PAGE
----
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The IP Long-Tail

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It's been over 12 years since Chris Anderson published his seminal article 'The Long Tail'. In it he descried an emerging economic model where he argued that products in low demand or that have a low sales volume can collectively make up a market share that rivals or exceeds the relatively few current bestsellers and blockbusters. Anderson mainly focused on the media and entertainment industries but it is tantalising to think of what is produced in the daily churn of a research focused organisation that is not known about, not utlised and not generating income. In the media industries it is obvious Anderson's predictions were right. Businesses that built in the long-tail to their business model have won out over more limited offers. For example Spotify, Netflix, Amazon (the kings of the long-tail) and Steam.

Within technology transfer however, the disruption is yet to hit. Time and effort is largely concentrated on the big, exclusive deals or on hiring out expertise on a consultancy basis. Whilst these are viable and valid, the opportunities with non-exclusive IP still remain relatively unexplored. The line between the exploited and unexploitable is what Clay Shirky describes as the 'Coasean floor'—below which we find projects and activities that aren't worth their organisational costs. In technology transfer, those costs are the expensive legal and business management fees that make licensing, even a £500 piece of software, nonsensical.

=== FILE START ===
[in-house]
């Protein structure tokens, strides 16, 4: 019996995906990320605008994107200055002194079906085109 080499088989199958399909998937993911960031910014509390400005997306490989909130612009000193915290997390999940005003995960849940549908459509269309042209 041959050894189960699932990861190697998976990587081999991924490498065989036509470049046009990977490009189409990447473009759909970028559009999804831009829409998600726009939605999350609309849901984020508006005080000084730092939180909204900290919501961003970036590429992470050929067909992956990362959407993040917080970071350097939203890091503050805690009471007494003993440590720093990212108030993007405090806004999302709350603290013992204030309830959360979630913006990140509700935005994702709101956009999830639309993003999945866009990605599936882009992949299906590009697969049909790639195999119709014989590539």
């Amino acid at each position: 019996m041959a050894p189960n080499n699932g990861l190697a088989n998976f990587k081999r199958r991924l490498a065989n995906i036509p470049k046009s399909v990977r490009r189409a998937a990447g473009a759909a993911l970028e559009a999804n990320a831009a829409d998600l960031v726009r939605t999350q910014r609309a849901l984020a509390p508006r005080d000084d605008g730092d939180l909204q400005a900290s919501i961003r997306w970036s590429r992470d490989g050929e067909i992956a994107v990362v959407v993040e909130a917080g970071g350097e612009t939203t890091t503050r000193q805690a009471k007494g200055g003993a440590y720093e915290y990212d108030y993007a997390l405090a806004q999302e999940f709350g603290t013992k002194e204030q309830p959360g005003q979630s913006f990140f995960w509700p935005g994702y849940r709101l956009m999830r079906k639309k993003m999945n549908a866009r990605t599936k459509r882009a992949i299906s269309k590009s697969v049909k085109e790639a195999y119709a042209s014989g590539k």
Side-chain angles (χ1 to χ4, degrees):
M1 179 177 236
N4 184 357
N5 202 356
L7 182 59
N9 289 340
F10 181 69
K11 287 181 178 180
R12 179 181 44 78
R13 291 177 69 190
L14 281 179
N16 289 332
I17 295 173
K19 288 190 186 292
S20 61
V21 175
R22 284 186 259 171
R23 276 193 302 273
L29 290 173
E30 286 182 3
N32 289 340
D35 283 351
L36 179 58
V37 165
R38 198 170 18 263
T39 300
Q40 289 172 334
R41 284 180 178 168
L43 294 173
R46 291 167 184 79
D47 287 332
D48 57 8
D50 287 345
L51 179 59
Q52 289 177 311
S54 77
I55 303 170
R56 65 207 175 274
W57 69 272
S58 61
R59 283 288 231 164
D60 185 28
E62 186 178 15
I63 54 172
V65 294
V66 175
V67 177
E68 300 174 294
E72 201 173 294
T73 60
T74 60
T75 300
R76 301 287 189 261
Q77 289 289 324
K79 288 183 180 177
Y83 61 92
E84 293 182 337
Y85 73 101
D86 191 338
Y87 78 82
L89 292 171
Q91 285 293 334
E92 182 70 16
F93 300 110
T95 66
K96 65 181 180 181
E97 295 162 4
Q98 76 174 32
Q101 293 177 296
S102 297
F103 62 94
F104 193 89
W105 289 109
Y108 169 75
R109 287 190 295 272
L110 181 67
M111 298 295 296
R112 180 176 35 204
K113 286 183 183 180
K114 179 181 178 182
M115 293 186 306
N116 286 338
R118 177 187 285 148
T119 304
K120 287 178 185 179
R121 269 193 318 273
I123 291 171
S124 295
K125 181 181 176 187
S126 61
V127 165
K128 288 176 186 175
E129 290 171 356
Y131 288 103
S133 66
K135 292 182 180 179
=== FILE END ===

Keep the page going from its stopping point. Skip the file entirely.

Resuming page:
However, digital tools such as E-lucid radically lower that coasean floor. It's a centralised platform that automates the project management and legal process to a point where licensing a £500 piece of software is not only feasible but has dramatically less overheads associated with it, generating income for the organisation, potentially for years, with little or no further work needed—discoverable by a global customer base.

Why online express licensing can be a pillar of your HEFCE knowledge exchange strategy

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As reported by PraxisUnico last month, HEFCE have asked English universities with Higher Education Innovation Funding (HEIF) for 2016-17 to submit a five year institutional knowledge exchange (KE) strategy. It is intended that these strategies will form the basis of future HEIF allocations.

In particular, HEFCE are looking for more specific details on the outcomes and impacts that universities will make on the economy and society, noting that they hope that an increased focus on long-term impact can help to counter the concern that universities ‘focus unduly on income’.

An express licensing tool such as E-lucid can provide a practical, affordable way of addressing this concern. E-Lucid helps to make the dissemination of lower value assets more cost-effective – thus driving wider adoption and enabling participation in technology licensing from departments and academics who may typically fall below the ‘value’ radar for a TTO.

HEFCE also state that they want to understand how universities collaborate with each other ‘to maximise the efficiency and effectiveness of public funding’. E-lucid was itself was developed at UCL Business, partly under HEIF funding and with a mission to stimulate collaboration and sharing of best practises around lower value, non-exclusive IP licensing. It is already being used at 5 of the UKs top 20 universities and this group of users meet regularly to exchange knowledge and experience to help build a more robust express licensing landscape.

Finally, E-lucid provides evidence of a University’s impact - whether a financial measure, or simply the dissemination reach and volume of non-commercial licensing. It provides a simple conduit for income to flow into the TTO and as a managed service, is quick and easy to set-up.

If you would like to talk to us how E-lucid could be a pillar of your five-year knowledge exchange strategy, get in touch.